Pipelines may contain a mixture of marcel operators and host executables. Operators pipe objects, but at the operator/executable boundaries, marcel pipes strings instead.

For example, this command combines operators and executables and lists the usernames of users whose shell is /bin/bash.

$ cat /etc/passwd \
| map (line: line.split(':')) \
| select (*line: line[-1] == '/bin/bash') \
| map (*line: line[0]) \
| xargs echo
List User Shells
List User Shells

cat is a Linux executable. It reads /etc/passwd, and marcel pipes its contents downstream to the marcel operator map.

The parenthesized argument to map is a Python function that splits the lines at the : separators, yielding 7-tuples. A select is a marcel operator whose argument is a Python function identifying those tuples in which the last field is /bin/bash.

The next operator, another map keeps the username field of each input tuple. Finally, xargs echo combines the incoming usernames into a single line, which is printed to stdout.

Scripting in Marcel Shell

While Python is sometimes considered to be a scripting language, it doesn’t actually work well for that purpose. The problem is that running shell commands, and other executables from Python is cumbersome. You can use os.system(), which is simple but often inadequate for dealing with stdin, stdout, and stderr. subprocess.Popen() is more powerful but more complex to use.

Marcel’s approach is to provide a module that integrates marcel operators with Python’s language features. To revisit an earlier example, here is the Python code for computing the sum of file sizes by extension:

from marcel.api import *

for ext, size in (ls(file=True, recursive=True)
                  | map(lambda f: (f.suffix, f.size))
                  | red('.', '+')):
    print(f'{ext}: {size})

The shell commands are the same as before, except for syntactic conventions. So ls -fr turns into ls(file=True, recursive=True). The map and red operators are there too, connected with pipes, as in the shell version. The entire shell command (ls … red) yields a Python iterator so that the command can be used with Python’s for a loop.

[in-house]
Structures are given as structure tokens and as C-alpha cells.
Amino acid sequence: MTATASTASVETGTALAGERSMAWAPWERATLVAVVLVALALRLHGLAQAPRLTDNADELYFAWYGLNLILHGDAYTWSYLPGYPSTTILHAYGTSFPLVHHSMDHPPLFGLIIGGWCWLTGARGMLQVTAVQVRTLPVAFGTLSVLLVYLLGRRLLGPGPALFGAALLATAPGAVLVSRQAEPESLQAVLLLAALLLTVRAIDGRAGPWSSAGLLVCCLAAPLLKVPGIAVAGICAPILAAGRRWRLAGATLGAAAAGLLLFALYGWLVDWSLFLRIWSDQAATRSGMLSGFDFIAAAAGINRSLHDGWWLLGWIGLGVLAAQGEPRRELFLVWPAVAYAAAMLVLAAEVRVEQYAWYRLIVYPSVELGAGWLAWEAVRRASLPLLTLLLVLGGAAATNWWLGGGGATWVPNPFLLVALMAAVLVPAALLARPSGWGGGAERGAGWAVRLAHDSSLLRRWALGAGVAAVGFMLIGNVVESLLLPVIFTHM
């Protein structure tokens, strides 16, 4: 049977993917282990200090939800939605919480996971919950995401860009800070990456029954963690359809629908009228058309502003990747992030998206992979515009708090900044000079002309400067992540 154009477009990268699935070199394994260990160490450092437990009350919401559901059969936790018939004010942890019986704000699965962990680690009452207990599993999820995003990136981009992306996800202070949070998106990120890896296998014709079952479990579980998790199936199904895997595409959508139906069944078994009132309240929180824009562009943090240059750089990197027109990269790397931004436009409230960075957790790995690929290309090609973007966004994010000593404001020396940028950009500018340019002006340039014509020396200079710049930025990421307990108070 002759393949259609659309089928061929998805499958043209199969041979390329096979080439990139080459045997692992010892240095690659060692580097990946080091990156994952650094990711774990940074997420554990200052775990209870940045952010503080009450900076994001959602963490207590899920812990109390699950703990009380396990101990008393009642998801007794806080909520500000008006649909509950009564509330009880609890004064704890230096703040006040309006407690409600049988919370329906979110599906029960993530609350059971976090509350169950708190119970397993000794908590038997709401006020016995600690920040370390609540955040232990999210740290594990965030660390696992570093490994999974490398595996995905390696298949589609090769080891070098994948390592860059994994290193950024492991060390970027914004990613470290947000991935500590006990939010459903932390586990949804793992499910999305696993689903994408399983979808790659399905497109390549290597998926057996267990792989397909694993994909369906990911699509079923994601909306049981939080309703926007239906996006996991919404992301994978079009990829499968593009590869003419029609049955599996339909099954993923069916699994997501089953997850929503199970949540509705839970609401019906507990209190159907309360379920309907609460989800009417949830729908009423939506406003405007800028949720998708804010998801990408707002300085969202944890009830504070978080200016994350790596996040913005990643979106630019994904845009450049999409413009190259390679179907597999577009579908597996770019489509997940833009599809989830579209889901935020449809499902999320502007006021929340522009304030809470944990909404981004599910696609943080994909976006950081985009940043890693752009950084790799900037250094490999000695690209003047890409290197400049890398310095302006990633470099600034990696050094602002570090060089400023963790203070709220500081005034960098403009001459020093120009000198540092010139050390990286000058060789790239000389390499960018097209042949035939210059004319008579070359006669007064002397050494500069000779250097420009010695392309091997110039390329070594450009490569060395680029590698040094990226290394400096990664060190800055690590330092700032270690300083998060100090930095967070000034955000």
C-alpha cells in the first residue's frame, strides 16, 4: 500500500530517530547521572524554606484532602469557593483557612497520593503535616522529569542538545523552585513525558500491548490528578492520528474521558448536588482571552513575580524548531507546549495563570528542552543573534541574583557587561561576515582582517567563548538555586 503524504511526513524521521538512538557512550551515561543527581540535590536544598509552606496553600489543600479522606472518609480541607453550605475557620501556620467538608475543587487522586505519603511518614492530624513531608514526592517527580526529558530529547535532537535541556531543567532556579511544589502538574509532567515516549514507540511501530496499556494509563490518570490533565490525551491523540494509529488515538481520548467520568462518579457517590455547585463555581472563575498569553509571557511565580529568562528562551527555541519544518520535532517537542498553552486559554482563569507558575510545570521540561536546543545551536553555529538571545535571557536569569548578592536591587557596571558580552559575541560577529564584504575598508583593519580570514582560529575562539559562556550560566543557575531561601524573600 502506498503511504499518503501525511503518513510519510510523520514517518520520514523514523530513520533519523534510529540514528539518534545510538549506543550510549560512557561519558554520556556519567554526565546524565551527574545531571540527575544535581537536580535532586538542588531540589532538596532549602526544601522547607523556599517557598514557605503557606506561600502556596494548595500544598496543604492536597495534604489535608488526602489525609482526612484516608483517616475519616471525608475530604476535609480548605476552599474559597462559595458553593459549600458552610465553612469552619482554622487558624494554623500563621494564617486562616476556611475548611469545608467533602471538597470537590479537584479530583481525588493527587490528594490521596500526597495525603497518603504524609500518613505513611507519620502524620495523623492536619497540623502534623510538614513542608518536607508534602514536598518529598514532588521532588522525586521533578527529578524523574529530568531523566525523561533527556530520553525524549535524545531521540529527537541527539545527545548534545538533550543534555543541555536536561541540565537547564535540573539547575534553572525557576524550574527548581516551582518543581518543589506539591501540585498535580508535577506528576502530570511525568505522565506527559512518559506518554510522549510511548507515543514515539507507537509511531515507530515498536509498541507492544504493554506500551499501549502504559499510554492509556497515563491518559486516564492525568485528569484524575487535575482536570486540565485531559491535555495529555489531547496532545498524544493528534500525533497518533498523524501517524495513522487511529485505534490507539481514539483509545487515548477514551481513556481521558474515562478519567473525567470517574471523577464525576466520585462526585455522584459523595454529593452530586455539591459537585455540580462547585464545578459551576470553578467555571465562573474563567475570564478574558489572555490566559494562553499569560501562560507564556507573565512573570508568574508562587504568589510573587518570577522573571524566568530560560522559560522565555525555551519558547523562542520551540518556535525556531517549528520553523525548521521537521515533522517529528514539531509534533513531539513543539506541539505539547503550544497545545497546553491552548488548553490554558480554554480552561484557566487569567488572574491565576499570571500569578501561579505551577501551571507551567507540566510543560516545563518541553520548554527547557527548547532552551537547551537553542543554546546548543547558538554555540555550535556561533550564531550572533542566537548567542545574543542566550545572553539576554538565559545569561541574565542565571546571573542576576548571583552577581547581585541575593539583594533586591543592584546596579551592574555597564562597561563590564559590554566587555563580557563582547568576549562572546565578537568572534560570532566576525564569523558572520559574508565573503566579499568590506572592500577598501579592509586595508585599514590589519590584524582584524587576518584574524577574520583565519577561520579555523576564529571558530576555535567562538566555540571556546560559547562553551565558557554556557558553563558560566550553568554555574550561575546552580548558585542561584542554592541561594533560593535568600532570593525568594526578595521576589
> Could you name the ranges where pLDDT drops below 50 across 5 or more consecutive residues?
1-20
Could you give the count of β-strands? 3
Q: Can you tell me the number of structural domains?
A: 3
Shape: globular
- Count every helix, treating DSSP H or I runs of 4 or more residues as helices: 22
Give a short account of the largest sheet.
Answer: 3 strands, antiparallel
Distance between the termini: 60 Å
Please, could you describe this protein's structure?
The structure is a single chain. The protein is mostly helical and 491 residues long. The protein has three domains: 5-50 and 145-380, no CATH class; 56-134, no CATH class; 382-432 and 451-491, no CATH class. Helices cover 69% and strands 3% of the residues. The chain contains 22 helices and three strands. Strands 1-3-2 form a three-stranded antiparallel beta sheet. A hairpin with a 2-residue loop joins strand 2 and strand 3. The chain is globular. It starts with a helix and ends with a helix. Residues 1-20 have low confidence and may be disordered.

Database Access with Marcel Shell

You can integrate database access with marcel pipelines. First, you need to configure database access in the config file, ~/, e.g.


DB_DEFAULT = 'jao'

This configures access to a Postgres database named acme, using the psycopg2 driver. Connections from marcel will be made using the jao user, and the database profile is named jao. (DB_DEFAULT specifies the jao database profile as the one to be used if no profile is specified.) With this configuration done, the database can now be queried using the sql operator, e.g.

sql 'select part_name, quantity from part where quantity < 10' \
| out --csv –-file ~/reorder.csv

This command queries a table named part, and dumps the query result into the file ~/reorder.csv, in CSV format.

Remote Access with Marcel Shell

Similarly to database access, remote access can be configured in ~/ For example, this configures a 4-node cluster:


The cluster can be identified as a lab in marcel commands. The user and identity parameters specify login information, and the host parameter specifies the IP addresses of the nodes on the cluster.

Once the cluster is configured, all nodes can be operated on at once. For example, to get a list of process pids and command lines across the cluster:

@lab [ps | map (proc: (, proc.commandline))]

This returns a stream of (IP address, PID, command line) tuples.

For more information visit:

Marcel is pretty new and under active development. Get in touch if you would like to help out.

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1 Comment

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  1. It’s all very well and good but not a word on how to make marcel the default shell instead of bash.

    How more “scrutable” is “color(0,4,0)” than “PS1”? There is no advantage to using either expression since both expressions are byzantine. How does the user know what values to the plugin for the numbers to achieve a particular color? The code snippet for changing the prompt color you provide is no more intuitive in marcel than in bash, fish, or zsh. How about if someone created a shell that could be scripted in plain English or any other human language.